|DONNA LIPPOLDT, individually;
OPERATION SAVE AMERICA, an
unincorporated association; PHILIP
Plaintiffs-Appellants and Cross-Appellees,
|STEPHEN COLE, Deputy Chief, in
his official and individual capacity as
an agent/employee of the city of
Wichita, Kansas; BETH
HARLENSKE, in her official and
individual capacity as an
agent/employee of the city of Wichita,
Kansas; CITY OF WICHITA, a
political subdivision of the State of
Defendants-Appellees and Cross-Appellants.
Jay C. Hinkel, Assistant City Attorney (Gary E. Rebenstorf, City Attorney, with him on the briefs), City of Wichita, Wichita, Kansas, for Defendants-Appellees/Cross-Appellants.
We exercise jurisdiction pursuant to 28 U.S.C. § 1291. We affirm the district court's decision in case number 04-3156. We affirm in part and reverse in part the district court's decision in case number 04-3168, and remand to the district court with direction to dismiss the claims of Operation Save America ("OSA"). Last, in case number 04-3322, we affirm in part and reverse in part, and remand to the district court to address anew counsels' request for fees and costs.
This suit concerns the City's response to the Summer of Mercy Renewal, plaintiffs' planned anti-abortion protests in July 2001, which commemorated the ten-year anniversary of similar protests in 1991. Plaintiffs Donna Lippoldt, OSA, and Philip Benham challenge the City's denial of their parade permits and the municipal court's bond order. OSA is an unincorporated association consisting of a group of volunteers who oppose abortion. Benham is OSA's Director, and Lippoldt volunteers for OSA-Wichita. The named defendants include the City, as well as Stephen Cole, Deputy Chief of Police for the City, and Elizabeth Harlenske, an Assistant City Attorney.
A. Denial of OSA's application for parade permits
As part of the Summer of Mercy Renewal, on July 6, 2001, Lippoldt applied for eleven parade permits on OSA's behalf. Lippoldt requested permits for two parades per day from July 17, 2001, through July 21, 2001, with a proposed route that included Bleckley Street and East Kellogg Drive, where Dr. George Tiller's abortion clinic is located.(1) Lippoldt requested an additional parade permit for a parade in the downtown area.
Under the City's parade ordinance, the City Treasurer "shall issue" a parade permit, unless one of six enumerated exceptions applies. Wichita City Code § 3.13.050 (emphasis added). The parties agree that none of the exceptions listed in Section 3.13.050 provide grounds for denying plaintiffs' parade permits.
Deputy Chief of Police Cole reviewed plaintiffs' parade applications. Cole explained, "it was my belief that the situation that we were dealing with out there warranted a denial, and I asked the law department for an opinion on that and for assistance." App. Vol. IV, at 600. Assistant City Attorney Harlenske researched the law regarding applications for parade permits and drafted a letter denying plaintiffs' applications. After the City Attorney revised it, Harlenske read the final version of the letter aloud to the police chief over the phone. With the police chief's approval, Cole signed the denial letter in his name on behalf of the police chief. Cole did not suggest any alternative to plaintiffs for accommodating the parades for a shorter period of time at the Bleckley street location because "that location was not an acceptable location." App. Vol. IV, at 586.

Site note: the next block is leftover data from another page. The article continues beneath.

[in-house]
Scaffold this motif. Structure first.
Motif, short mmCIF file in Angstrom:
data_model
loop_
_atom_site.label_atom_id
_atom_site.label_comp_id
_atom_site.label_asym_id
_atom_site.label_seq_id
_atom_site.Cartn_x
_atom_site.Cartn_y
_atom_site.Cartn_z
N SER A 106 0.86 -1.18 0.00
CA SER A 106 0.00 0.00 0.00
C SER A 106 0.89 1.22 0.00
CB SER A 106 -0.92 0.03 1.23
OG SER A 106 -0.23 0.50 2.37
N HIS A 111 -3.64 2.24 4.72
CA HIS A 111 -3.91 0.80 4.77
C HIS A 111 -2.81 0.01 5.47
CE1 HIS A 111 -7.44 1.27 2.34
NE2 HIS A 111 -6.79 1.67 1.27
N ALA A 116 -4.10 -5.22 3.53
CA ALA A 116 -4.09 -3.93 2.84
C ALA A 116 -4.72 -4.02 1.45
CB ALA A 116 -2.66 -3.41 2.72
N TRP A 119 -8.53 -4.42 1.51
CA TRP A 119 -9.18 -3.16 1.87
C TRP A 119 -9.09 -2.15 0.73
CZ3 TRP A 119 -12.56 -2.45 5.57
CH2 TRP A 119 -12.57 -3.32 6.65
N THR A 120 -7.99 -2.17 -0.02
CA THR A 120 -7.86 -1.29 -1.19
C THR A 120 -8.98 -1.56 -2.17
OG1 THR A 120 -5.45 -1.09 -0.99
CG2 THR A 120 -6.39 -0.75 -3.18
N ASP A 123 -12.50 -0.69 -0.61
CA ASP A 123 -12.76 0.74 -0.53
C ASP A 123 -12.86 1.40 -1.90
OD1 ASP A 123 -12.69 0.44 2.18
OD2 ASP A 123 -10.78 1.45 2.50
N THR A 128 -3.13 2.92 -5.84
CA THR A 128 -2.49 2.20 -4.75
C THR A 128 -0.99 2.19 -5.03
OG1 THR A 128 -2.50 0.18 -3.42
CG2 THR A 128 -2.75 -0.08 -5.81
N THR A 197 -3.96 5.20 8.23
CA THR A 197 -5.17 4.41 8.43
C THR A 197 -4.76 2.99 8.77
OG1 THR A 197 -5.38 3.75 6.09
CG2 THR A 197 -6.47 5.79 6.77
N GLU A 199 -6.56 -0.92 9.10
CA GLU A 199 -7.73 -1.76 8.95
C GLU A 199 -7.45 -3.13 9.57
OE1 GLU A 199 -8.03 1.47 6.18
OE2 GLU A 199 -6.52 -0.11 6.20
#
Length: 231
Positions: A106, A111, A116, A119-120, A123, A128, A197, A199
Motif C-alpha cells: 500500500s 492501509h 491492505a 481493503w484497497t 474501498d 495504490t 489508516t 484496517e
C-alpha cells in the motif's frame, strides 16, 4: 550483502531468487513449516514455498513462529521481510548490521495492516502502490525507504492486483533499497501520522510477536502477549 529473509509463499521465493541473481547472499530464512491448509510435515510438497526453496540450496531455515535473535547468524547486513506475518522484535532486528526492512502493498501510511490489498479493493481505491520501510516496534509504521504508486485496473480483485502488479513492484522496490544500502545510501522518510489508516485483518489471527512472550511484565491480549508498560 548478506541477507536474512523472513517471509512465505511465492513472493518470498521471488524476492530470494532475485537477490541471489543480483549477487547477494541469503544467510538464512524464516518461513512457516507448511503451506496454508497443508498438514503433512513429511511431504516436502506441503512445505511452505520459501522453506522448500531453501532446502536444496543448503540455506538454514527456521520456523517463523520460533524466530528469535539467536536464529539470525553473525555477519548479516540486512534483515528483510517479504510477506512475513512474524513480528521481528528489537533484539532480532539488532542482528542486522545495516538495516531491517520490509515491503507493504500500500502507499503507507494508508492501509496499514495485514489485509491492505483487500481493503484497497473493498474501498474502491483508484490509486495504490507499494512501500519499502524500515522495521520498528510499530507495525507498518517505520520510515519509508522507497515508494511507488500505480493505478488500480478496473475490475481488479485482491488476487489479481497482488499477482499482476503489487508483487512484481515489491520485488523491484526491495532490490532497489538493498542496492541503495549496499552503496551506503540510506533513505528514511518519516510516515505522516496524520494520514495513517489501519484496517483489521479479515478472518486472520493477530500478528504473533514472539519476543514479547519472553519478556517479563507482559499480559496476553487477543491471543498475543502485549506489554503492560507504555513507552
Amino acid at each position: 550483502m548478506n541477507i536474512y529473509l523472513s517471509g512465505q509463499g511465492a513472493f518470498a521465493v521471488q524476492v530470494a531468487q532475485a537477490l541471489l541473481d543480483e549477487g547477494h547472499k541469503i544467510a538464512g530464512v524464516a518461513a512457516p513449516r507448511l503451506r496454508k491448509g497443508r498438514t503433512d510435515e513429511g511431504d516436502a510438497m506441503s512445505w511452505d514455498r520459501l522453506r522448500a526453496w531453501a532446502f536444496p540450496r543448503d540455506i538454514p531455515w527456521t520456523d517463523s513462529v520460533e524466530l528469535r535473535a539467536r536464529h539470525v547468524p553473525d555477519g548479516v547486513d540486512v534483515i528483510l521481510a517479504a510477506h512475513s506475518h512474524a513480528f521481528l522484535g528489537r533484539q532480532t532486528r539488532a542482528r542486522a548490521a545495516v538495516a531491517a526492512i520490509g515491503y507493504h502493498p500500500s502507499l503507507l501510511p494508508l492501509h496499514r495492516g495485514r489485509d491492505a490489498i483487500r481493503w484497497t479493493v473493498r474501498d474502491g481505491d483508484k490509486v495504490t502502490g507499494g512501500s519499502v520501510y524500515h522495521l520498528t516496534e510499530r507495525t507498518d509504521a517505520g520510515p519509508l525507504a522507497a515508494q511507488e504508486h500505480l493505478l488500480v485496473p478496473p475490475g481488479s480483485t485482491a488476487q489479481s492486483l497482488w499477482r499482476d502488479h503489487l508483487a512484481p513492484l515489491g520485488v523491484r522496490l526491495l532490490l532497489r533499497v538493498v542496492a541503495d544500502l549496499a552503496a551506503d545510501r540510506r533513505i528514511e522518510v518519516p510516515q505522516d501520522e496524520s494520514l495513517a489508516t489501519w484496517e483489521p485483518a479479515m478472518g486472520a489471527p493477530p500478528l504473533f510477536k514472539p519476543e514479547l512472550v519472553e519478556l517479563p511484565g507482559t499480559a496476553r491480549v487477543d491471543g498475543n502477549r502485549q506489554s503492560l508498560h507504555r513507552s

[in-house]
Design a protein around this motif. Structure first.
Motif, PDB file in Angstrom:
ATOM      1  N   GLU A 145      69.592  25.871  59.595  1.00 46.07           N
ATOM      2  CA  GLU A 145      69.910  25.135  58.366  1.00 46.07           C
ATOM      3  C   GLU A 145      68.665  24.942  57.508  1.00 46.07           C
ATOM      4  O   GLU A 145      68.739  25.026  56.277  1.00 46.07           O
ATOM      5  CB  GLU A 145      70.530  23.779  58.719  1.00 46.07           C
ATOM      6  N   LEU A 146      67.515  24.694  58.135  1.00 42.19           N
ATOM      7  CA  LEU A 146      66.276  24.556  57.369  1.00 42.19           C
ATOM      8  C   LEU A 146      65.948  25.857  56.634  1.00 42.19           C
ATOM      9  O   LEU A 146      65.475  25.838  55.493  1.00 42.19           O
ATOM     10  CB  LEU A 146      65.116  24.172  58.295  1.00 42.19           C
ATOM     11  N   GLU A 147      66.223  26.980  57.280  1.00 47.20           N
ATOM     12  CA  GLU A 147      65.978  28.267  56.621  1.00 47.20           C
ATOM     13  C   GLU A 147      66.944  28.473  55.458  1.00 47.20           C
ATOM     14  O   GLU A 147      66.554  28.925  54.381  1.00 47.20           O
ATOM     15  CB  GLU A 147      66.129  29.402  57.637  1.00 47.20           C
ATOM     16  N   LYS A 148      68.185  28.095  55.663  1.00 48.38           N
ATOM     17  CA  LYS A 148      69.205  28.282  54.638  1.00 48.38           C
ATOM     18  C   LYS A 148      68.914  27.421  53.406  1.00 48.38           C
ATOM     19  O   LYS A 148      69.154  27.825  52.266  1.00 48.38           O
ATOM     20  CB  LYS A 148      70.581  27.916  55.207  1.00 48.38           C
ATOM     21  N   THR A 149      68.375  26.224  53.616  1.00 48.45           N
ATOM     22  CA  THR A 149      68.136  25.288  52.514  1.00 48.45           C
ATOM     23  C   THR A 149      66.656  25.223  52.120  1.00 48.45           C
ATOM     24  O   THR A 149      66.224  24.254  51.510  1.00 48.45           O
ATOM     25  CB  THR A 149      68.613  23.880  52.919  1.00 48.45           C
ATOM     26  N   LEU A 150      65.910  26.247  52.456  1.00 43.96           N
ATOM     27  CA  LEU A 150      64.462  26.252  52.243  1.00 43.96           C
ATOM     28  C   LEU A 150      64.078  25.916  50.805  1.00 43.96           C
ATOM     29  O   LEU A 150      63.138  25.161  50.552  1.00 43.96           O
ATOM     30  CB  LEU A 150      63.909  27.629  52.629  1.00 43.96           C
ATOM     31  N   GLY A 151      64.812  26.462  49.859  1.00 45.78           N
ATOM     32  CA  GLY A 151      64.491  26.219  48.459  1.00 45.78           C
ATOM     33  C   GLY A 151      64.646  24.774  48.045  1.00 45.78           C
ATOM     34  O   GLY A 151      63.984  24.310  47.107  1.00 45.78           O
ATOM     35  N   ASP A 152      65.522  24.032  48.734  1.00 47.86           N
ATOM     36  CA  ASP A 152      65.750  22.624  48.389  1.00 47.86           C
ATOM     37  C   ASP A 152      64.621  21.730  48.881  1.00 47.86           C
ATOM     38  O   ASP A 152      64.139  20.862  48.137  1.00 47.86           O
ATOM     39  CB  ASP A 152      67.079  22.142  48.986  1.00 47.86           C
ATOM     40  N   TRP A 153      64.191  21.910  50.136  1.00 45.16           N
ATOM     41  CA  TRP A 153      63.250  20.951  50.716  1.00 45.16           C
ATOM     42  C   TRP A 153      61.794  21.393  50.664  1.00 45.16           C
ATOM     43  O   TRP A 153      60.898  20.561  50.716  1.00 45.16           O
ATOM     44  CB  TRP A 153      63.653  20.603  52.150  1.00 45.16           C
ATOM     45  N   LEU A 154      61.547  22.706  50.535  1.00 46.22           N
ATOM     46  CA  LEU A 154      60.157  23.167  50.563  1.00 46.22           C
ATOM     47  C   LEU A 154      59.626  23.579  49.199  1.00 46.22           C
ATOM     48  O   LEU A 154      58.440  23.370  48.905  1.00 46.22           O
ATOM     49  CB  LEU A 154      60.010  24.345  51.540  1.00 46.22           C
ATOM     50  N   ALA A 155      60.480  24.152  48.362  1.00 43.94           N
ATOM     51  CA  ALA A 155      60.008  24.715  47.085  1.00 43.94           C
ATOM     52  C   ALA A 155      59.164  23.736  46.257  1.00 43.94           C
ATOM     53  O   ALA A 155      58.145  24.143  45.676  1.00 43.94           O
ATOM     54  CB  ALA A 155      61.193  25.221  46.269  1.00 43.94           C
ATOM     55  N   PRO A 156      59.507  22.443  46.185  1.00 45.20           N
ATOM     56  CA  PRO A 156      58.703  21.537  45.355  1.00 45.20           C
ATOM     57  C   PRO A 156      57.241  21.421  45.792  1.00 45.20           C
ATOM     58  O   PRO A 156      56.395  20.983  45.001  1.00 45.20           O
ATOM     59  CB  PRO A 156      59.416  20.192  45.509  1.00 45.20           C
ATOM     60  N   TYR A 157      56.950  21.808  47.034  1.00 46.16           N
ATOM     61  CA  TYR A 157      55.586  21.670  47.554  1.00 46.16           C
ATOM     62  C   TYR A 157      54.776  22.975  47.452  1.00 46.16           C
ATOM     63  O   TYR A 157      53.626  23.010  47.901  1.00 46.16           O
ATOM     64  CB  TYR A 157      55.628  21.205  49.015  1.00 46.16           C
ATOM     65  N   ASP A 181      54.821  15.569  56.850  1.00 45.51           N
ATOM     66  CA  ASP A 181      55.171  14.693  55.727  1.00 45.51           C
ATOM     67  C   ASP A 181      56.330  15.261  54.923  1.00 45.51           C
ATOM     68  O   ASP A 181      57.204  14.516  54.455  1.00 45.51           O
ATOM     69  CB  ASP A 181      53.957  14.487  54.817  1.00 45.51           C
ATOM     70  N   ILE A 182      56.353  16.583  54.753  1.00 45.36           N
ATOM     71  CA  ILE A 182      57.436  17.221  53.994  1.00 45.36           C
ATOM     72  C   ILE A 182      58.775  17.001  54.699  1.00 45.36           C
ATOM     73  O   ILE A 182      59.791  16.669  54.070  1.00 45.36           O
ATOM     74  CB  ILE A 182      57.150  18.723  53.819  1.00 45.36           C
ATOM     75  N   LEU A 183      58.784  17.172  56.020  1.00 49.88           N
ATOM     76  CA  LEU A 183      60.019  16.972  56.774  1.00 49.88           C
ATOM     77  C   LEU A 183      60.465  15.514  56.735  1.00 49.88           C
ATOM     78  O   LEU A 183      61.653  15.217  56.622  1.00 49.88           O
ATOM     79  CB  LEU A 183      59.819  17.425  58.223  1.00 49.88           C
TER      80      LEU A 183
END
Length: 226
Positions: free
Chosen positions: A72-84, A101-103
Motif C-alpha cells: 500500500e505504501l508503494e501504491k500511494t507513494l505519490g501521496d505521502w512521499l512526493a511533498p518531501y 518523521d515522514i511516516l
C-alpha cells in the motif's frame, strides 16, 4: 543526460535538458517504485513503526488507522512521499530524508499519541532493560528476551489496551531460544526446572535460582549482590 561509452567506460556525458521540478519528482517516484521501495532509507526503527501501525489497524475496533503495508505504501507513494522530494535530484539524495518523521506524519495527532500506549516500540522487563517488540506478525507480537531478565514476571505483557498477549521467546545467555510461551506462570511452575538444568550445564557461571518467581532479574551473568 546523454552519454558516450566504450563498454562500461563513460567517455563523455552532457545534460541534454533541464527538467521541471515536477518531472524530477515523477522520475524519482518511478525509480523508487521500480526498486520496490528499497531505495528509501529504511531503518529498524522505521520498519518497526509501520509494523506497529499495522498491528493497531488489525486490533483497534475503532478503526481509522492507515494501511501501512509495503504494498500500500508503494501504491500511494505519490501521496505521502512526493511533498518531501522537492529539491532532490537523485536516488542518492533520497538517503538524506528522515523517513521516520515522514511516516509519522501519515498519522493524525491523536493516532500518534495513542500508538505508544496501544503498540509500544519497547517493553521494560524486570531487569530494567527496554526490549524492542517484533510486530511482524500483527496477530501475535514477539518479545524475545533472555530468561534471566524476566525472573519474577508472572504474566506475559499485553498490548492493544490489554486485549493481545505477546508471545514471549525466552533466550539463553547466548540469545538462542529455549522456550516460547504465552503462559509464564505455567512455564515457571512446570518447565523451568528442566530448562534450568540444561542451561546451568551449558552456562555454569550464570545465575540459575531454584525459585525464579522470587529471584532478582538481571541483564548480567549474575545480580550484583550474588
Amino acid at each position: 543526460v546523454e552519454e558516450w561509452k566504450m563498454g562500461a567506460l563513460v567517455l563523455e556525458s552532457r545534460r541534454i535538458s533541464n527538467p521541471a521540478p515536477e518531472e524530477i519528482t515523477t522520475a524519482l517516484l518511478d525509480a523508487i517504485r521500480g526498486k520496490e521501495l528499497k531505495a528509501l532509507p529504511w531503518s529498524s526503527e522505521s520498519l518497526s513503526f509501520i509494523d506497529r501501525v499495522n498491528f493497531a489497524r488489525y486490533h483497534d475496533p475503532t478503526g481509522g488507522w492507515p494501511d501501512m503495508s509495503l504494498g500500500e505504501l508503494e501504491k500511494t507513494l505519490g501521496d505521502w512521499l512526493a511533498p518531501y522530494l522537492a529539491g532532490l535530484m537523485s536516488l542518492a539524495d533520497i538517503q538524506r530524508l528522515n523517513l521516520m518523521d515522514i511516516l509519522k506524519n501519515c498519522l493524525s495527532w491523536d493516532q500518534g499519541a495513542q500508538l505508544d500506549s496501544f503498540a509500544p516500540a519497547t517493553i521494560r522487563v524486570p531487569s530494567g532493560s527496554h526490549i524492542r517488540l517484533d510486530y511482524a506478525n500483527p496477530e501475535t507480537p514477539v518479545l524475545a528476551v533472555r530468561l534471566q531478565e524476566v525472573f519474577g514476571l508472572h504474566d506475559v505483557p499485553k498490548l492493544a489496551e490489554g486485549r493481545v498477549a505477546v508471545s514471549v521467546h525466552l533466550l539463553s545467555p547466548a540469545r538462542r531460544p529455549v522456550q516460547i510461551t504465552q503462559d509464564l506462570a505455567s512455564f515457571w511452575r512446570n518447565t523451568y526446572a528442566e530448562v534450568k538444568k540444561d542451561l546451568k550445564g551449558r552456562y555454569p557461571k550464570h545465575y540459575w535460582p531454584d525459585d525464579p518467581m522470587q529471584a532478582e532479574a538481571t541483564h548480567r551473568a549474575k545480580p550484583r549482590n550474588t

On July 10, 2001, one day before the City issued its decision on the plaintiffs' parade applications, the police chief signed a temporary regulation closing Bleckley Street to all vehicles, except those of residents or people conducting business in the area. The City closed Bleckley Street as part of a plan known as Operation Safe Protest, which the City had developed specifically in anticipation of the Summer of Mercy Renewal.
On July 11, 2001, the City issued one parade permit to OSA for a downtown parade, but denied OSA's ten applications for parade permits near Dr. Tiller's clinic. Defendants denied plaintiffs' parade applications for two reasons: (1) Bleckley Street was closed; and (2) the parades would interfere with local businesses in violation of Wichita City Code § 5.66.0557. Defendants claimed that once Bleckley Street was closed, it was no longer a street that fell within the parade ordinance. As to interference with businesses, Harlenske acknowledged that the parade ordinance did not allow the City to deny a parade permit merely because the planned parade would interfere with business. See Wichita City Code § 3.13.050. Deputy Chief Cole has approved other parades, knowing that the parades would interfere with local businesses.
B. Municipal court bond order
Plaintiffs also challenge a municipal court bond order. The bond order was effective from July 13, 2001, through July 22, 2001, during the Summer of Mercy Renewal. The municipal court order set bond amounts for specific offenses, including assault, battery, disorderly conduct, unlawful assembly, or rioting near Dr. Tiller's clinic. The order set different bond amounts for first arrests and subsequent arrests, and for residents and non-residents of Sedgwick County (where Wichita, Kansas is located).